I think the cloth simulation is really just an example of what html5, in particular, and what optimized Javascript and the canvas can do. I do not see it as being any kind of guide as to what might come out in the future. In fact, considering how difficult it was to get the cloth simulation to perform in a decent manner, leaves me hard pressed to believe that html5 will be a source of other numerical projects.

What technologies/ languages do you feel are necessary for a web designer?

The interesting thing about the web is that it is a big mash of so many languages and technologies. I personally believe that a web designer should have a fairly extensive understanding of Javascript (and at least some experience with libraries like jquery and mootools), and of course CSS and HTML. As far as other languages it is really incredibly project dependant, but I would say python, ruby and PHP are all good languages to at least have a basic understanding of.

The cloth experiment… What drove you to work on that?

Again, this was just one of those things that popped into my head one day… sorry, not really all that glamorous.

How do you feel about it? It’s a very popular experiment on the web and one of the things people show when they want to show what HTML5 is capable of.

I am incredibly flattered by its popularity, and in fact would not be where I am today with out it (Inkling found me via the chrome experiments website). At the same time I often feel like a bit of a one hit wonder, in that it has been very difficult to come up with an idea that might “top” the cloth simulation. Regardless of this, I am incredibly happy with the buzz that it has generated for html5 and javascript. I certainly had no intention of this.

Are there any other projects you’d like to talk about?

I’ve always got a million ideas floating around and it’s difficult to try and decide which ones are feasible. That being said, I should fairly shortly have another experiment coming up. I don’t want to say too much about it because there are definitely some things I need to polish and figure out. What I can say is that involves lots of animation, quite a few images and absolutely no code. I’ll send you an email when it goes live.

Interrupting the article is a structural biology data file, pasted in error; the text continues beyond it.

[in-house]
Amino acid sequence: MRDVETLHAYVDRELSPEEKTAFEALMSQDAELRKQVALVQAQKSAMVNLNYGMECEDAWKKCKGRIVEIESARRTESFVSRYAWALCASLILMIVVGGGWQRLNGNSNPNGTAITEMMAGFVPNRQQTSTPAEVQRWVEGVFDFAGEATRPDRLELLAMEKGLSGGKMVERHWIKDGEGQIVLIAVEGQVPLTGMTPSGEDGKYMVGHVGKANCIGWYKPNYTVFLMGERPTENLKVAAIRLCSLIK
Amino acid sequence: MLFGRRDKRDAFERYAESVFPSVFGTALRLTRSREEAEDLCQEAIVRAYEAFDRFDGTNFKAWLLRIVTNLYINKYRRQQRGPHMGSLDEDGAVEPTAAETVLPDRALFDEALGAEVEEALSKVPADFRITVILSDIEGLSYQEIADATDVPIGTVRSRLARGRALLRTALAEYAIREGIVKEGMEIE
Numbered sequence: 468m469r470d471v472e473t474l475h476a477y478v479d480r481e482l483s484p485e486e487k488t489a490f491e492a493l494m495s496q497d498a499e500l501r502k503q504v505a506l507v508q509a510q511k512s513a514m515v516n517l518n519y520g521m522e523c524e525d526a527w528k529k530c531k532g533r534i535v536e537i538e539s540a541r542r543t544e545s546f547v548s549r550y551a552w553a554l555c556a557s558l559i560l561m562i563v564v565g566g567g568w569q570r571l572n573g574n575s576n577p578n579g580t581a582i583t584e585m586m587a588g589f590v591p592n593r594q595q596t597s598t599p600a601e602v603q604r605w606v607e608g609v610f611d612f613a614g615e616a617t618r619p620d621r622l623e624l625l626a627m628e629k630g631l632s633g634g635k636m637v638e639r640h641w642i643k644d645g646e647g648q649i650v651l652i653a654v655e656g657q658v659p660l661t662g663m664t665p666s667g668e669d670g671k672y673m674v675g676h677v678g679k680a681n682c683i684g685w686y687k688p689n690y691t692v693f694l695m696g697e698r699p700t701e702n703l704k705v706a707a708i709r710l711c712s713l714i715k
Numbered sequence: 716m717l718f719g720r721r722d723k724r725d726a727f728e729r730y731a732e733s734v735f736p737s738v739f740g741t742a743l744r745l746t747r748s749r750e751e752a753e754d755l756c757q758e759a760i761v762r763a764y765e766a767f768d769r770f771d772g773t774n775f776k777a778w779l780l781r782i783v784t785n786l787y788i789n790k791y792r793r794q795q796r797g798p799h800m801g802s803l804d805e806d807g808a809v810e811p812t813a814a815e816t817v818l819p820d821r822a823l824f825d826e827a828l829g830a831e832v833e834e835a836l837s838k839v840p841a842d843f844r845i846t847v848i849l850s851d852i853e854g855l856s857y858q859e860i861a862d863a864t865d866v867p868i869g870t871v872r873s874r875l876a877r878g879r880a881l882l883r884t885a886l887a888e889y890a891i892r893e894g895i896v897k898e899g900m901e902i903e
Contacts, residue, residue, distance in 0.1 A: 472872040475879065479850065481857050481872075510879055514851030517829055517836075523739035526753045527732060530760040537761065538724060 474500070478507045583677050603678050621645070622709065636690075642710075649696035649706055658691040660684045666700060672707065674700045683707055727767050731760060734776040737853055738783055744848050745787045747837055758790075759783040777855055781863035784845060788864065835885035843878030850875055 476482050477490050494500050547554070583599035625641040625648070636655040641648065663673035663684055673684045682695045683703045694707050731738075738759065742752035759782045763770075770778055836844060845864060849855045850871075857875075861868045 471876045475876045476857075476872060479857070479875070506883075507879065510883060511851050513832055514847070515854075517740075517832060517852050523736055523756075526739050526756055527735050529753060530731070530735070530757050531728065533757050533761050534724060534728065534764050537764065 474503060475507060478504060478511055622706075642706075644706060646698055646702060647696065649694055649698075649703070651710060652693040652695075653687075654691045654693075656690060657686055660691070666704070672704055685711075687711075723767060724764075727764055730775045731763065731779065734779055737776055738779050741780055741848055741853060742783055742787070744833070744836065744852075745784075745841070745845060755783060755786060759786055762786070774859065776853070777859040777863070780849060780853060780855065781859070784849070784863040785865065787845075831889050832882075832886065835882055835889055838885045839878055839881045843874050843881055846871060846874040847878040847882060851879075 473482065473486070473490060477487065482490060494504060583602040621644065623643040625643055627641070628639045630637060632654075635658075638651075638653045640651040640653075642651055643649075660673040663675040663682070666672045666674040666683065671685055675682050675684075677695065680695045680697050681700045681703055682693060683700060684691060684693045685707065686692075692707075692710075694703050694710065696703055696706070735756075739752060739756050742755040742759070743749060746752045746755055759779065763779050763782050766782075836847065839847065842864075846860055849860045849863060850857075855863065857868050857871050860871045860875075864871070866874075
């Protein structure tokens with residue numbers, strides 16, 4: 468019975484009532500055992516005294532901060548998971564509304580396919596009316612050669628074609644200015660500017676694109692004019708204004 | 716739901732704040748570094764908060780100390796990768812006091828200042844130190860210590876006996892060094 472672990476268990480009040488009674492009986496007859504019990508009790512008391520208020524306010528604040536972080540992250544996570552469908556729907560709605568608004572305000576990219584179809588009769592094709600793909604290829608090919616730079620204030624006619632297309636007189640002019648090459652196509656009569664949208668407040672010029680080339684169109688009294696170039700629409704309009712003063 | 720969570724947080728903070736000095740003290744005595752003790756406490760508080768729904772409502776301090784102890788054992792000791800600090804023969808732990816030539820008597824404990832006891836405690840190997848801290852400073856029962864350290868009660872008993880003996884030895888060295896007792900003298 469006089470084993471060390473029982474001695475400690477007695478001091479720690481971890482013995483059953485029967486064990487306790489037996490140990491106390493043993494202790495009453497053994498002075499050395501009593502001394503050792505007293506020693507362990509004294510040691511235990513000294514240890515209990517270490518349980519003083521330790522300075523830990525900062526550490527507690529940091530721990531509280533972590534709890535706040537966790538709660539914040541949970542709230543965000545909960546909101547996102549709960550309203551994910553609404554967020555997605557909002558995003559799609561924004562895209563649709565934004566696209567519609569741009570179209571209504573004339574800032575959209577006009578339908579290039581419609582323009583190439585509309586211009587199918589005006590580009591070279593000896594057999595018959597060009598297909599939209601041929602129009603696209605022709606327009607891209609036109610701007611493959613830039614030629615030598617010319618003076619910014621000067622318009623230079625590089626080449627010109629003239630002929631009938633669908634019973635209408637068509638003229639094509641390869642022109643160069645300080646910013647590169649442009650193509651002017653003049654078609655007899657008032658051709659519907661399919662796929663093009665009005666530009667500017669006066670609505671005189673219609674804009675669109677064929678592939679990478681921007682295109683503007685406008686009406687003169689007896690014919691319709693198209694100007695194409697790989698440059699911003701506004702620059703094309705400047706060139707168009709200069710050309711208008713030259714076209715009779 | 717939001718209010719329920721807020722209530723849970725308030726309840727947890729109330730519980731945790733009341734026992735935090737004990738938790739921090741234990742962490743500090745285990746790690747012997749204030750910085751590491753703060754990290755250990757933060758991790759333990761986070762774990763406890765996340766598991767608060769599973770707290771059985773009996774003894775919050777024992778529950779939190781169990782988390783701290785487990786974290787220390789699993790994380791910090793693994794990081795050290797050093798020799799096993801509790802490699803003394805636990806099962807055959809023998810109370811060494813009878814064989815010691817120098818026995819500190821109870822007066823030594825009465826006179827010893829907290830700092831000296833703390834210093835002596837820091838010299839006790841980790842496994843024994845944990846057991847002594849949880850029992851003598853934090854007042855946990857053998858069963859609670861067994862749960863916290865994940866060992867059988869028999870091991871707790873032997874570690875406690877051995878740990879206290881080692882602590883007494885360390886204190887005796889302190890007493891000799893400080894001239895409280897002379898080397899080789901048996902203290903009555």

How do you feel about flash, and what it is doing in the web? Pros? Cons?

As far as flash goes, I feel like it’s an absolutely incredible technology, but is constantly used to abuse users on the internet. I find nothing more aggravating than animated/hidden menus, long loading times and ultimately poor performance (if any) on mobile devices.

As far as I see it the only pro of flash is its complete flexibility for designers and developers, as wells as a huge community of resources (such as tutorials and code samples). This flexibility and ease, however, can also be thought of as a con as it ends up leading to many of the user unfriendly experiences described above.

I feel that flash definitely served a purpose before the introduction of html5. I also feel that html5 will not completely remove the need for flash, but can at least tone down some of the annoyances of the internet as wells as transition developers away from using proprietary and closed technology, to something that is standards compliant and community developed.

Ultimately, flash has done many good things for the internet and has in fact fueled the development of html 5 in some ways. Without it we wouldn’t have some of the coolest websites on the internet (Pandora, Youtube, Vimeo etc).

Is there anything else you’d like to add?

Thanks a bunch for interviewing me. I am routinely amazed at the kindness the cloth simulation has brought my way.

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3 responses


Kyrie

You are the awesomest!
Great interview.

March 9, 2011 9:26 pm

Andres Gallo

hey thanks. Glad you enjoyed it. I learned a lot just from Hoyers answers about the web.

March 11, 2011 2:33 am